The halal restaurants themselves have adapted to survive. The reasonably-priced establishments with Muslim regular customers living in Japan are still in business. Others have moved to where there is demand for lunch and delivery orders (food delivery has boomed in Japan, similar to many other countries during pandemic lockdowns) from Muslim customers, according to Kambe. Yet others had to make different decisions.
“Halal establishments that target Muslim tourists and are located at high-end areas with relatively high rents are either closing or changing their menus to broaden their target customers,” said Kambe.
She gave the example of Tokyo’s major curry chain CoCoICHI, that had to shutter two of its halal branches last year. “The halal establishment of this curry chain were priced higher than the other non-halal establishments and were aimed at tourists,” Kambe explained.
“Halal establishments, whose customers were mainly Muslim tourists, stopped offering halal menus and replaced them with vegan menus or other menus that suit Japanese food trends,” she said.
Yokoyama observed the same. “Vegan and vegetarian movements are supporting them (halal eateries). Many Japanese consumers are having more vege options than before because the stay-home-period is too long and they get bored with their daily meat meals,” he said.
Many restaurants are relying on government support.
A large number of Japan’s restaurants are small businesses that have received financial support from the government to help them keep the lights on, according to Nagai and Kambe.
In the first-quarter of this year Tokyo-based businesses were given 40,000 to 60,000 yen ($365 - $548) per day from the local government to keep their shops open until 8 p.m. This has continued beyond March.
“Currently, 40,000 to 100,000 yen per store per day will be given depending on sales from April 25 to May 11,” said Kambe.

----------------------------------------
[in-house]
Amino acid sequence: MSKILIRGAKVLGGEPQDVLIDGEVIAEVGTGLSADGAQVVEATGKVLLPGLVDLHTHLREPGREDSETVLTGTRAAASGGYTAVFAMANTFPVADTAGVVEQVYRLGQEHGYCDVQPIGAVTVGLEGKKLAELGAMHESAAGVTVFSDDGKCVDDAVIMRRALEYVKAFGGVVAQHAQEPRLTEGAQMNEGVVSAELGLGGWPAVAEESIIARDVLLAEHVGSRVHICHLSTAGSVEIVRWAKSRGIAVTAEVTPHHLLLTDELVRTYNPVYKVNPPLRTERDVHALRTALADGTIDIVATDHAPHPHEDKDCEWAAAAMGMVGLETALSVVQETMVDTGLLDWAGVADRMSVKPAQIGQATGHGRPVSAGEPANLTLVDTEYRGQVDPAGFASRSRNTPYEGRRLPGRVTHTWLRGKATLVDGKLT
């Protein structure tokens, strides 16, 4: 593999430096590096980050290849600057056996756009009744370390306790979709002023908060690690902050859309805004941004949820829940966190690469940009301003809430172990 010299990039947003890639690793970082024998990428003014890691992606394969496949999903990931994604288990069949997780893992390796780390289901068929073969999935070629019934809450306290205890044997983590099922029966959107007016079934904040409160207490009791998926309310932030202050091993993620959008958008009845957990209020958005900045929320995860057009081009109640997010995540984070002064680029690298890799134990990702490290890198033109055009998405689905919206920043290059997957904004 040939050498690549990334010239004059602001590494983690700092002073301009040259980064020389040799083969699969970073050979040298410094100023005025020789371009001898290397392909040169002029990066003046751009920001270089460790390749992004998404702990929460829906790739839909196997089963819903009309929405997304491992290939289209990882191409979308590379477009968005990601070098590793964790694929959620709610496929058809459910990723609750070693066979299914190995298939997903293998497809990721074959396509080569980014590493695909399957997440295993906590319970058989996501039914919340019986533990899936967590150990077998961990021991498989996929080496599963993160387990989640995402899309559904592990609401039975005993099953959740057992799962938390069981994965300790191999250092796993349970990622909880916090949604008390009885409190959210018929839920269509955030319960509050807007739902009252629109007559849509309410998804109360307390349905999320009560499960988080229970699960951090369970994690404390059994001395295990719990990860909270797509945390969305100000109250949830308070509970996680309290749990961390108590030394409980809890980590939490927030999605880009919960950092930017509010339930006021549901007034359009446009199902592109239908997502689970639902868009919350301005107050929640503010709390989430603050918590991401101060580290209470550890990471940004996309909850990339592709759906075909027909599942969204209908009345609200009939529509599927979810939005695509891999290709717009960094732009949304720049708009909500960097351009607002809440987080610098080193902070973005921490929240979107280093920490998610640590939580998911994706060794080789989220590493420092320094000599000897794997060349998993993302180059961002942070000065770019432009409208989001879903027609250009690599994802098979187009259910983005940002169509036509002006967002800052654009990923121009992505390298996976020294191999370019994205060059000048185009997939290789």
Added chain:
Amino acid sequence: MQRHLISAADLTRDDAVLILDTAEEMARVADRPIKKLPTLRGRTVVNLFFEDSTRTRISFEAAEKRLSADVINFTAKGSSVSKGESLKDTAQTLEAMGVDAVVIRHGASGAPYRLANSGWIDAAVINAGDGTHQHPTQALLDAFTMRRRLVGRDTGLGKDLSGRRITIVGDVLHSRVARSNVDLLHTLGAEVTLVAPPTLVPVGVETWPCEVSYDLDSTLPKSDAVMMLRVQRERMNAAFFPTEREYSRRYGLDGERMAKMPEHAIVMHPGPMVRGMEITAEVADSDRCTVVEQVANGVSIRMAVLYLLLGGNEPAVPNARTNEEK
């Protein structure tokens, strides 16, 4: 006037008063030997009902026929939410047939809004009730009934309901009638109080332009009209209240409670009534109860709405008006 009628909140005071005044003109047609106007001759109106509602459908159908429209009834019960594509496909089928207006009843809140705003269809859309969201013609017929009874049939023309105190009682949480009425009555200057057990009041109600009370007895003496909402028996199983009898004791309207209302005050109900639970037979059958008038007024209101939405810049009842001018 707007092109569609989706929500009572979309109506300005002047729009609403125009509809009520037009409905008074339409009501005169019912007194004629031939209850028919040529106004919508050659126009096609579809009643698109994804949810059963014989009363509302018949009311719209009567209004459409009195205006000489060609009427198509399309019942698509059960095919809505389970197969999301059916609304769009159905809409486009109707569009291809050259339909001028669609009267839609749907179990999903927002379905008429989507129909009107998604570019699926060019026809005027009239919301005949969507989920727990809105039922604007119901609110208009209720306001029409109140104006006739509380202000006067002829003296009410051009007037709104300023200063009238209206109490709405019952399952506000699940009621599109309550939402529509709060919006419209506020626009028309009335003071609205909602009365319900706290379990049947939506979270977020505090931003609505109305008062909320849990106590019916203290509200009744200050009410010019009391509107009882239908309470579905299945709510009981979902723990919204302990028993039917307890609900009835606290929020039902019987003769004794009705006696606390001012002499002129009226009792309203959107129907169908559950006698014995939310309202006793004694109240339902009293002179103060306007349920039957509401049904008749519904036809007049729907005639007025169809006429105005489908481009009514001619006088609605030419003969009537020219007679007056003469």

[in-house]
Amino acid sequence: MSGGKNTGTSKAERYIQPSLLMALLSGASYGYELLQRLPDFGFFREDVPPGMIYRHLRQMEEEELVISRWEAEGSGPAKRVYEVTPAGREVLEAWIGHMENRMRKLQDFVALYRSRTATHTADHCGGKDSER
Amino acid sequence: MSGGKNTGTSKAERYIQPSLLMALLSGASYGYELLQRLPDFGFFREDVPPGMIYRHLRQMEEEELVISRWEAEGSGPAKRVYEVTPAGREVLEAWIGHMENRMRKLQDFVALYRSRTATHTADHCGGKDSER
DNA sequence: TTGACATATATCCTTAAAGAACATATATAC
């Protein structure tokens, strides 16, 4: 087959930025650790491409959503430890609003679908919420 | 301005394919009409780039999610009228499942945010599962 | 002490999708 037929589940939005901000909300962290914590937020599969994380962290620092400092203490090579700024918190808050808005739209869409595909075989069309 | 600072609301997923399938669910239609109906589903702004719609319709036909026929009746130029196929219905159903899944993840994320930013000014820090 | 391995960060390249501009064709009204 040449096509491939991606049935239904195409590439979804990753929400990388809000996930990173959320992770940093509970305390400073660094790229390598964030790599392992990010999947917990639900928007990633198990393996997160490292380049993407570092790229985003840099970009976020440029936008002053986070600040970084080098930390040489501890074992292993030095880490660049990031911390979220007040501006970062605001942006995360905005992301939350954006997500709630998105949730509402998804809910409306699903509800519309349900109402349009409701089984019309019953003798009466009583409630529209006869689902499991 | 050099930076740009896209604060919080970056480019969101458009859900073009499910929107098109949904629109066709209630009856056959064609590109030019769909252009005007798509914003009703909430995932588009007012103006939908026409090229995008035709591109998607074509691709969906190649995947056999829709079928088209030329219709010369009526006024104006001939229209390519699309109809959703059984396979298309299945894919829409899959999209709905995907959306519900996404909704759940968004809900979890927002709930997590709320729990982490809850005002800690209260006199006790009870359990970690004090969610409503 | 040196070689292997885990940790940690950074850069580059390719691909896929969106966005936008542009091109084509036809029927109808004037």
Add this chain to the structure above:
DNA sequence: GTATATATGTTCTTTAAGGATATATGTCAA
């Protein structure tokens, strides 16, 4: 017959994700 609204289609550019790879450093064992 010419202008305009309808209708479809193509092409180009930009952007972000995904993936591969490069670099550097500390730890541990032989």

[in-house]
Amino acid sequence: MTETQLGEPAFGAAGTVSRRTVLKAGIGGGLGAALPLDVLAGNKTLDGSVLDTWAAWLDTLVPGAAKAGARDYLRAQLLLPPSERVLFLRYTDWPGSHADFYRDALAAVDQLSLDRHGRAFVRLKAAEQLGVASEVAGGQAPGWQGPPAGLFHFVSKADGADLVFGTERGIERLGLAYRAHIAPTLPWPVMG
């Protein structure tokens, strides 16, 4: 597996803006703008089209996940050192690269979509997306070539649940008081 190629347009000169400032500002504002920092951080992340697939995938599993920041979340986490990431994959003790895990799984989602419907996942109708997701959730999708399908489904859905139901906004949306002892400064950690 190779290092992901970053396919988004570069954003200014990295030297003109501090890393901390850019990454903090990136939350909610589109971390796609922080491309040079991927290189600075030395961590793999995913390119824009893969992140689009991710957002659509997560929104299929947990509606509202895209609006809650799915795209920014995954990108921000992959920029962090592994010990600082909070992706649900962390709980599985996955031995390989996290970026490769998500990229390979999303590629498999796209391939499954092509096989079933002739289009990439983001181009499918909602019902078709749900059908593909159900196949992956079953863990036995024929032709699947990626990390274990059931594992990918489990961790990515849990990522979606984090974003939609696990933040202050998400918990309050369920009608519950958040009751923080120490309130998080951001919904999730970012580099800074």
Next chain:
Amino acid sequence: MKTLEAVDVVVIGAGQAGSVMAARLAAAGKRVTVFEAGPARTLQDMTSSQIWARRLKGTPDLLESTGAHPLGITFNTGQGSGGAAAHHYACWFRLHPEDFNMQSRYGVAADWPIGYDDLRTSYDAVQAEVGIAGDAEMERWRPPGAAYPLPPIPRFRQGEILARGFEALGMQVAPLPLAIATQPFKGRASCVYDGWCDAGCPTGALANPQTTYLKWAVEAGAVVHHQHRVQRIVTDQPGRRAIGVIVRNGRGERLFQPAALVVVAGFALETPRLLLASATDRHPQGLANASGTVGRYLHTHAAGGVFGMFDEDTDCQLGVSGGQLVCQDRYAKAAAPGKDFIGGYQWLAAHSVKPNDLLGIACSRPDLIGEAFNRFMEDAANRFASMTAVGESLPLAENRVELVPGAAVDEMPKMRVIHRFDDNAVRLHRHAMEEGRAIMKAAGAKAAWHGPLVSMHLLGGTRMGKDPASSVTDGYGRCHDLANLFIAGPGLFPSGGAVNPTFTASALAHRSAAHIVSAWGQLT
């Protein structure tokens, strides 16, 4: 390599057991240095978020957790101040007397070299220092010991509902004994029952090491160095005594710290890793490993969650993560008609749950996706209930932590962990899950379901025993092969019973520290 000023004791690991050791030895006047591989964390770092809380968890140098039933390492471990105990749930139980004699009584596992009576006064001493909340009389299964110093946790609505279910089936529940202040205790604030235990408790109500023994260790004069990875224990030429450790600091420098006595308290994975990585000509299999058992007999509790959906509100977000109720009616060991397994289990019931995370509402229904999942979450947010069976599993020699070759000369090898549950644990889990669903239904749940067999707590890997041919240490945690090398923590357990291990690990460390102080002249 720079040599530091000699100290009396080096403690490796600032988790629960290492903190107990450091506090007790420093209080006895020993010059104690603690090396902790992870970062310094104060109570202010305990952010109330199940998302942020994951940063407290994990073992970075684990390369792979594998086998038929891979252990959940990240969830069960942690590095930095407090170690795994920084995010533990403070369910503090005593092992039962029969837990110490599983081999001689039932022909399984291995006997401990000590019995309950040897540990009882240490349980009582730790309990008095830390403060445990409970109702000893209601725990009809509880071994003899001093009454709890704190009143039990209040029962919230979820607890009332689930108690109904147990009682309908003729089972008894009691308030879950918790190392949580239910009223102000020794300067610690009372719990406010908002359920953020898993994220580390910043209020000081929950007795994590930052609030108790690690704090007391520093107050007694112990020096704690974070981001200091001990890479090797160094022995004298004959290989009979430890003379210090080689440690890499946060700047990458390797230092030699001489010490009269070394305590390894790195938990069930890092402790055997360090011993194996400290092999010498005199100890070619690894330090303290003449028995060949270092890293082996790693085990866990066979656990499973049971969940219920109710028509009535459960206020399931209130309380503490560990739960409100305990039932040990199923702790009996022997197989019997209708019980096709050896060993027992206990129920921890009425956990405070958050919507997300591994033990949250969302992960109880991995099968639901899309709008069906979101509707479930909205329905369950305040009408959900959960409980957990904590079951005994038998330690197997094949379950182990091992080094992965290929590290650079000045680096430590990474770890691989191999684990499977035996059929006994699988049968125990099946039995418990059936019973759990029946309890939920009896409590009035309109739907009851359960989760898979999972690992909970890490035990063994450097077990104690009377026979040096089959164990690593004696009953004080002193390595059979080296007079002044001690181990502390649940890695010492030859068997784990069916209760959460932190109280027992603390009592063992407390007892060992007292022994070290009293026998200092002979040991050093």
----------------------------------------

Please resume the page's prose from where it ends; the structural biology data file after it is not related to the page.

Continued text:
The hope is that Tokyo’s restaurants will still be standing when the Olympics finally start on July 23.
But with no foreign spectators allowed at this year’s Games, hotels and eating establishments will be particularly hit, said Oxford Economics’ Nagai.
Even if there is a substantial number of domestic spectators, restaurants may not see much of a change.
“[O]lympic Games have not always increased domestic consumption significantly because regular consumption activities by locals and foreign visitors were crowded out by visitors for Olympic Games,” said Nagai.
Kambe points out the halal establishments that will be affected by the no foreign spectators policy are those that have invested in store equipment in hopes of attracting new Muslim tourists.
“This is especially true for major restaurants that are aiming for scale in sales,” she said.
Some of these have closed down after being badly-hit by COVID while others have changed menus to serve more local customers.
It may be a very challenging time but halal restaurants in Japan are not disappearing completely anytime soon.
The efforts of major Japanese restaurants to promote halal may have been set back by COVID-19 but once the pandemic is over and Muslim tourists return, investment in halal will probably resume, believes Kambe.
Her colleague, Marlinda, an Indonesian who has lived in Japan for 25 years, pointed out that more businesses are being set up by Muslims to provide authentic halal Indonesian food, and these can be ordered via platforms such as Instagram. “Even during the COVID-19 pandemic, Muslims living in Japan have more options for ready-to-eat halal food,” said Marlinda.
She and Kambe expect a gradual increase in the number of halal restaurants in the long-term as more Muslims travel to Japan to work and live in local places other than the major metropolitan areas, and the number of Muslim students studying at local schools is also increasing.
“Even those restaurants that have been closed or changed their menu have already learned how to handle halal menus, so I think they can return easily and quickly,” said Kambe.